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Street naming and numbering

Street naming and numbering guidance

About this guidance

We are legally responsible for naming streets and numbering properties.  
This guidance outlines the standards we use to allocate addresses in line with our legal responsibilities, and to manage them through the lifespan of a property.  
It explains: 

  1. Background information about street naming
  2. The legal background
  3. Our policies
  4. Our procedure 
  5. Who to contact about street nameplates and postcodes

1. Background information about street naming

Streets that are appropriately named and numbered make life easier for postal workers, emergency services and everyone else who has to find an address quickly. 
In new developments, people moving in, mortgage providers and gas, phone and electricity companies need postal addresses as early as possible so it's important to create addresses as quickly as possible after the building warrant has been granted.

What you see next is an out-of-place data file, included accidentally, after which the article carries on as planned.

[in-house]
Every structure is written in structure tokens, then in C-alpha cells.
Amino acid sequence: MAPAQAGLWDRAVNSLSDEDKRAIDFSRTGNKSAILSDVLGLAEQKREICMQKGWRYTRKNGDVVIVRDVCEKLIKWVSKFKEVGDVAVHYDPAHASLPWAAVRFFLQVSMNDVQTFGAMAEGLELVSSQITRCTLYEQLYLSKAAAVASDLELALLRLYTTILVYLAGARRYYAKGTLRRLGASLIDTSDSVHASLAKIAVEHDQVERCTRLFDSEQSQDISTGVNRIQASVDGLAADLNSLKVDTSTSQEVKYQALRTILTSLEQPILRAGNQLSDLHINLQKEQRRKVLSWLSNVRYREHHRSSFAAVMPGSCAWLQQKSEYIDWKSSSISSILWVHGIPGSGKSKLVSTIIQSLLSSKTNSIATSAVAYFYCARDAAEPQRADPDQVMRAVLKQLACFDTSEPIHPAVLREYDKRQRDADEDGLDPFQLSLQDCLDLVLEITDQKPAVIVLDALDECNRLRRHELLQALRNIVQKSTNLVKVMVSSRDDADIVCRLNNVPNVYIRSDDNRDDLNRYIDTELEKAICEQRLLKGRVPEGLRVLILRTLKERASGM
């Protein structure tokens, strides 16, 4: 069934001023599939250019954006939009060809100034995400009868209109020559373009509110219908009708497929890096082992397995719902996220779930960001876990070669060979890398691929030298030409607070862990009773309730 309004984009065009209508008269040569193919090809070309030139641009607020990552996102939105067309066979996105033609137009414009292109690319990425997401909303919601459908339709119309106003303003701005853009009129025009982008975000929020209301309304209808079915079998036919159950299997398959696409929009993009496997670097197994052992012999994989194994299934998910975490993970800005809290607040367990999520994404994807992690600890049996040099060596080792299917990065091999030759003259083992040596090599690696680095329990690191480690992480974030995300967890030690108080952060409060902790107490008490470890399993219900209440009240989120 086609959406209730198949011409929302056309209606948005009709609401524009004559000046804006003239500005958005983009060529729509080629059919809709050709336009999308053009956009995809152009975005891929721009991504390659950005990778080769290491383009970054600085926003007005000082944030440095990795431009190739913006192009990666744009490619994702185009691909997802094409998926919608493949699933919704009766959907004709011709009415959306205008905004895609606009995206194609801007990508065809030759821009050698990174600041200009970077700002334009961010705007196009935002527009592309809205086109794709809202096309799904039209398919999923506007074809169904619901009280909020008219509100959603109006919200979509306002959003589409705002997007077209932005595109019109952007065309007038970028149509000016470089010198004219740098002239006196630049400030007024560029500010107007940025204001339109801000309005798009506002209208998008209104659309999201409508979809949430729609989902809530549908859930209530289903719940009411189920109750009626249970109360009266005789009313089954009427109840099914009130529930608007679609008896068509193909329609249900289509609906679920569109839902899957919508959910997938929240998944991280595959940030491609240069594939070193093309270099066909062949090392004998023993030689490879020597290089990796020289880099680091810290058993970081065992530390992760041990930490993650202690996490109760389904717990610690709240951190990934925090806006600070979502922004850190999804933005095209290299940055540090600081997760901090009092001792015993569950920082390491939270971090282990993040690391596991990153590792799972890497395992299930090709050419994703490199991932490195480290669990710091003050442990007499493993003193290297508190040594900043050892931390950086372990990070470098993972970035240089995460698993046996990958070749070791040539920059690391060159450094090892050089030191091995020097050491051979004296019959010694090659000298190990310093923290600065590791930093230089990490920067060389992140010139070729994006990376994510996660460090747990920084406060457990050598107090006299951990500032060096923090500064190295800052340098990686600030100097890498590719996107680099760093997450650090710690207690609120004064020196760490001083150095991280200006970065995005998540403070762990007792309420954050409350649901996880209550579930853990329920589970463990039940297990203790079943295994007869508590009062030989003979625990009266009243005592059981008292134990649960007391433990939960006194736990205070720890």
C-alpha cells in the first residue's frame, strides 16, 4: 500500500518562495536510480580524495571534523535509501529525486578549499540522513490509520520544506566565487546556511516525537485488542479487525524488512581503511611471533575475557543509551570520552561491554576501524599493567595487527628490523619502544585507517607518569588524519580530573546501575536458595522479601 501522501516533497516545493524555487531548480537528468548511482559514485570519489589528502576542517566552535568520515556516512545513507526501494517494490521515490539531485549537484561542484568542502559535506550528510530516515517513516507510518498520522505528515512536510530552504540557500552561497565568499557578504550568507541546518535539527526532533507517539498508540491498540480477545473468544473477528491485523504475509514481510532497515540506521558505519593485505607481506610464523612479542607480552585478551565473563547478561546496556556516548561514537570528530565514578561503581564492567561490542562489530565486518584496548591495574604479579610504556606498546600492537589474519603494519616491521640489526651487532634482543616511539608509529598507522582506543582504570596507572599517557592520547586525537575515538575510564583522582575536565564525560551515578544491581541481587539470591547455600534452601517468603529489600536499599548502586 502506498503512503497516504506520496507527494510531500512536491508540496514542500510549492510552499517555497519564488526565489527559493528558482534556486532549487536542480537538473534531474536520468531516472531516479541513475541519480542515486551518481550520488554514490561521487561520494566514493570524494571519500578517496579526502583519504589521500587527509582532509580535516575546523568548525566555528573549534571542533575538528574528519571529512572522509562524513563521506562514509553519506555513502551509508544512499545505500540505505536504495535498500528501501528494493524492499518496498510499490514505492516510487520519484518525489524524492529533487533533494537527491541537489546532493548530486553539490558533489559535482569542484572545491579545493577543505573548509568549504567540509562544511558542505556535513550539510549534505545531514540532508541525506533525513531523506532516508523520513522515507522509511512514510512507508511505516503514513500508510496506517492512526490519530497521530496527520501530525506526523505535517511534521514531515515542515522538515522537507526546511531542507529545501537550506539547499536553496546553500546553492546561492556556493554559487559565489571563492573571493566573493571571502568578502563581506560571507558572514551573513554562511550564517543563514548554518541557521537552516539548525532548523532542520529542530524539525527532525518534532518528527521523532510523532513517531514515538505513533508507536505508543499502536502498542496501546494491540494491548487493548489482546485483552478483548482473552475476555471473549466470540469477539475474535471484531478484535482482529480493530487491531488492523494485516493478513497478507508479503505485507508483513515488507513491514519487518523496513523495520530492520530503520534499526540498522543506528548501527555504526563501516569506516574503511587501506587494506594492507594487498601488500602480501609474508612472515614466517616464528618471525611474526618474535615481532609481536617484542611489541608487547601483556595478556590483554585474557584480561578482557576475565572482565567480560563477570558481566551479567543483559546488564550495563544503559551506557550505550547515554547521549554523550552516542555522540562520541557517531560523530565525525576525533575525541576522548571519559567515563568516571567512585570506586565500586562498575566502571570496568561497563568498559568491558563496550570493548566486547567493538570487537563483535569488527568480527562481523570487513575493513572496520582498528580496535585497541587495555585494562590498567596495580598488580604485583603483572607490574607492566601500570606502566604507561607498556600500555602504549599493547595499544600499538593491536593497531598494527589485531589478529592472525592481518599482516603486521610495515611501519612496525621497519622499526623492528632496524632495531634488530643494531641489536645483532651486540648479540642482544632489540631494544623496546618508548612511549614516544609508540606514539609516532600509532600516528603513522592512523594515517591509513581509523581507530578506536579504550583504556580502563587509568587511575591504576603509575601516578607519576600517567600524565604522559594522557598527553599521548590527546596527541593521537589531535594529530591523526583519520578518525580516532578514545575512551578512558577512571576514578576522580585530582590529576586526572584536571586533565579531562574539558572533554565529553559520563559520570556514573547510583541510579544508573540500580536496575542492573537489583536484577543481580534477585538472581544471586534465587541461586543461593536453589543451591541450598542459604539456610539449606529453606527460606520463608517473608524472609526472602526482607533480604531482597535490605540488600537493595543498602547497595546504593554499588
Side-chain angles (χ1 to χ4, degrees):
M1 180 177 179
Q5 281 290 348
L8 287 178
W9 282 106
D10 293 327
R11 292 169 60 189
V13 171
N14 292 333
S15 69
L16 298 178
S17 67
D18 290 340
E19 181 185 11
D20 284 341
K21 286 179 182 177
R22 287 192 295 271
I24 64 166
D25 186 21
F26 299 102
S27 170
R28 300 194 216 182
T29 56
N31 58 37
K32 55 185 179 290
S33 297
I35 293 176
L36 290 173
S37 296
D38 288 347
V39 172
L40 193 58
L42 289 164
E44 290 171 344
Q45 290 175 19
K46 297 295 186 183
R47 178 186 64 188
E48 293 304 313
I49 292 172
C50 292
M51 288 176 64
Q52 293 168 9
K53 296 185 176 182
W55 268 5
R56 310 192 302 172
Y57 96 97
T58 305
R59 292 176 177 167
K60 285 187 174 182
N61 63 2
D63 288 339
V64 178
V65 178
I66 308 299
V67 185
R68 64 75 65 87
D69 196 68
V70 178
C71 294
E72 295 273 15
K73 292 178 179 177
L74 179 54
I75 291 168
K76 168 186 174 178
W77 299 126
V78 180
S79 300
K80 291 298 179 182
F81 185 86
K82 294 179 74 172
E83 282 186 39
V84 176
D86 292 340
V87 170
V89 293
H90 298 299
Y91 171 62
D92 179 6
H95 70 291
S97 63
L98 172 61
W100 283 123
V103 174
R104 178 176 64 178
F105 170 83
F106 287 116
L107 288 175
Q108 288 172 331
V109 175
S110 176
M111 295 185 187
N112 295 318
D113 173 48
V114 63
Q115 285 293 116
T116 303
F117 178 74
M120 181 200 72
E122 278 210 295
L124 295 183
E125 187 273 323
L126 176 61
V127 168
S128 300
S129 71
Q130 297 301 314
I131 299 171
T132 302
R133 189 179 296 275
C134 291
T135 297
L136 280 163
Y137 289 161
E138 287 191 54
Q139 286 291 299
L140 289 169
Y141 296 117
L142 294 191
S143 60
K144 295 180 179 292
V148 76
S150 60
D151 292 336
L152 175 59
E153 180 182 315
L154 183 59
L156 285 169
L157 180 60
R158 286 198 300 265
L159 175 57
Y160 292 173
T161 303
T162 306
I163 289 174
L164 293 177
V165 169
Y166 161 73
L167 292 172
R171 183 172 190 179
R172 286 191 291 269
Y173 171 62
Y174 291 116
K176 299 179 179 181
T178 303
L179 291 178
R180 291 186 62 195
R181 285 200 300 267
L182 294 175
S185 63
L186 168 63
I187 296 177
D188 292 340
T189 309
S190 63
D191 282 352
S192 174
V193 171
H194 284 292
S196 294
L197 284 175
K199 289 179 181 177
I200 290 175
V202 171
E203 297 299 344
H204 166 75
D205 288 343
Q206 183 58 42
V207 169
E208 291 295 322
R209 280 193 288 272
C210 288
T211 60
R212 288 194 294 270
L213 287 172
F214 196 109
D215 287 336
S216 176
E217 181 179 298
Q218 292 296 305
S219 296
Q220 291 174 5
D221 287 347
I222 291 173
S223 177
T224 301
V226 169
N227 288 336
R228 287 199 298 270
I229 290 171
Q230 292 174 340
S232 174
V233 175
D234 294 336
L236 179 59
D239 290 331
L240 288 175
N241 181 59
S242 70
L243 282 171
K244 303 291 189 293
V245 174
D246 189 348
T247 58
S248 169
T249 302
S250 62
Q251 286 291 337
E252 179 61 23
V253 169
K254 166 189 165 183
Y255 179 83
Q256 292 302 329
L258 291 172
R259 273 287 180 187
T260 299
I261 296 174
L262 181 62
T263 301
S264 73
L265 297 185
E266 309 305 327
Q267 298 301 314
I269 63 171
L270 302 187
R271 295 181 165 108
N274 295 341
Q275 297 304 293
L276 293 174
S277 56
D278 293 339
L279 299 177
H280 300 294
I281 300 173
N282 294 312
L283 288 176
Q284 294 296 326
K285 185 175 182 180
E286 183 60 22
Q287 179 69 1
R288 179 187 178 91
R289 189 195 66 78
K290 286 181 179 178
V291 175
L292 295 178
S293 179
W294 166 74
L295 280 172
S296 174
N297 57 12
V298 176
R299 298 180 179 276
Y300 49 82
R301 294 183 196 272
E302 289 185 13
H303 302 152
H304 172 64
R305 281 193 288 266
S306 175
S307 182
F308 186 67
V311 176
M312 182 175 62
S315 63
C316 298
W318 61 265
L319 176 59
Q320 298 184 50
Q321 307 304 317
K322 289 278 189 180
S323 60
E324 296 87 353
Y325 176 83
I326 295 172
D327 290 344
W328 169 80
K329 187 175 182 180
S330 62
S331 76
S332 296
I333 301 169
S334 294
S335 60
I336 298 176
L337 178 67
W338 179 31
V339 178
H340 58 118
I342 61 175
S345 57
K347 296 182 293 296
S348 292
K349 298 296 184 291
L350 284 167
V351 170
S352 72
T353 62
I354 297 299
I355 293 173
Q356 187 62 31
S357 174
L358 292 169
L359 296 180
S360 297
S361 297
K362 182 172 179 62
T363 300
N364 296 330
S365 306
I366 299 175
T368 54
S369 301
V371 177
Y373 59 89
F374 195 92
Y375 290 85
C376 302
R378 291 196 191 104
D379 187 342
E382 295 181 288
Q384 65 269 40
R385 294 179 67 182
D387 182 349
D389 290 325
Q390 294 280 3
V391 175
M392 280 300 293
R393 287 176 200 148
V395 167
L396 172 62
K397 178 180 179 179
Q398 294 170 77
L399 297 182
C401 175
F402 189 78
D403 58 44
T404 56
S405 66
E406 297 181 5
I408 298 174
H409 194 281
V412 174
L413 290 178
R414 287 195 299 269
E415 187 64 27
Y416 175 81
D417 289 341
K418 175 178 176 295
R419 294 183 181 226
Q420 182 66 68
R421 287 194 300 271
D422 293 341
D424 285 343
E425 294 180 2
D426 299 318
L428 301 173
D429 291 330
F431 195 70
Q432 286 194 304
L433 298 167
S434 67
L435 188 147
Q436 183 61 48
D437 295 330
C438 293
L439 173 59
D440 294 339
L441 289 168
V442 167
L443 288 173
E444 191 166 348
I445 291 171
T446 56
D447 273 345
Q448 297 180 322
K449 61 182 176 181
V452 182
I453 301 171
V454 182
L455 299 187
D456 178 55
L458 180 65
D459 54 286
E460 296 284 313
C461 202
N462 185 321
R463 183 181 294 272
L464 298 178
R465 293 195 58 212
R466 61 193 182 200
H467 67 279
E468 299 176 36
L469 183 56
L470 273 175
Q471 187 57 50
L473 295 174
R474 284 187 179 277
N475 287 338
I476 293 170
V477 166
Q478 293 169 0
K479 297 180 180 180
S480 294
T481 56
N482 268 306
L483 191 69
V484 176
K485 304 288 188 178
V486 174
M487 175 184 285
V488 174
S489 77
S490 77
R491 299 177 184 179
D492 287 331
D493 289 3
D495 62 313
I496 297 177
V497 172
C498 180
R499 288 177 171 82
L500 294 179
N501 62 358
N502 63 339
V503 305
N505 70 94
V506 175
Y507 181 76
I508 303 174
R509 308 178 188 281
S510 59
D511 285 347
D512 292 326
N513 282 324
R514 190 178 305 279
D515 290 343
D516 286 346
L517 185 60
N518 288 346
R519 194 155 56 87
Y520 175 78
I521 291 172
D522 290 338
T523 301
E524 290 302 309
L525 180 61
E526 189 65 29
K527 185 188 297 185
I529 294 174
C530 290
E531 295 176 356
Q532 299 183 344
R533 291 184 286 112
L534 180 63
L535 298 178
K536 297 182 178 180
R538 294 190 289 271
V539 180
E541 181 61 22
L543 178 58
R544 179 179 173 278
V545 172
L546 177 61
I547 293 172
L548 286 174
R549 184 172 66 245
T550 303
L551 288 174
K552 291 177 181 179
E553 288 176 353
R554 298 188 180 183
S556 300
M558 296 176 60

Street names also contribute to the character of an area and of North Lanarkshire as a whole. 
We take all of this into account when we need to name, number, or rename and renumber, streets and properties. We also seek, and take account of, the views of the people who are affected by street naming and numbering. 
We work closely with Royal Mail, so that they can quickly provide new postcodes or changed postcodes. 
Developers will often choose a marketing name for a development to publicise it before statutory addresses are allocated. The longer it takes to decide statutory addresses the greater the local confusion.

We aim to complete the process of issuing new street names and numbers within eight weeks of receiving a valid application form and fee.

2. The legal background

In drawing up these procedures we have taken account of:

  • BS7666 standard for addresses and current legislation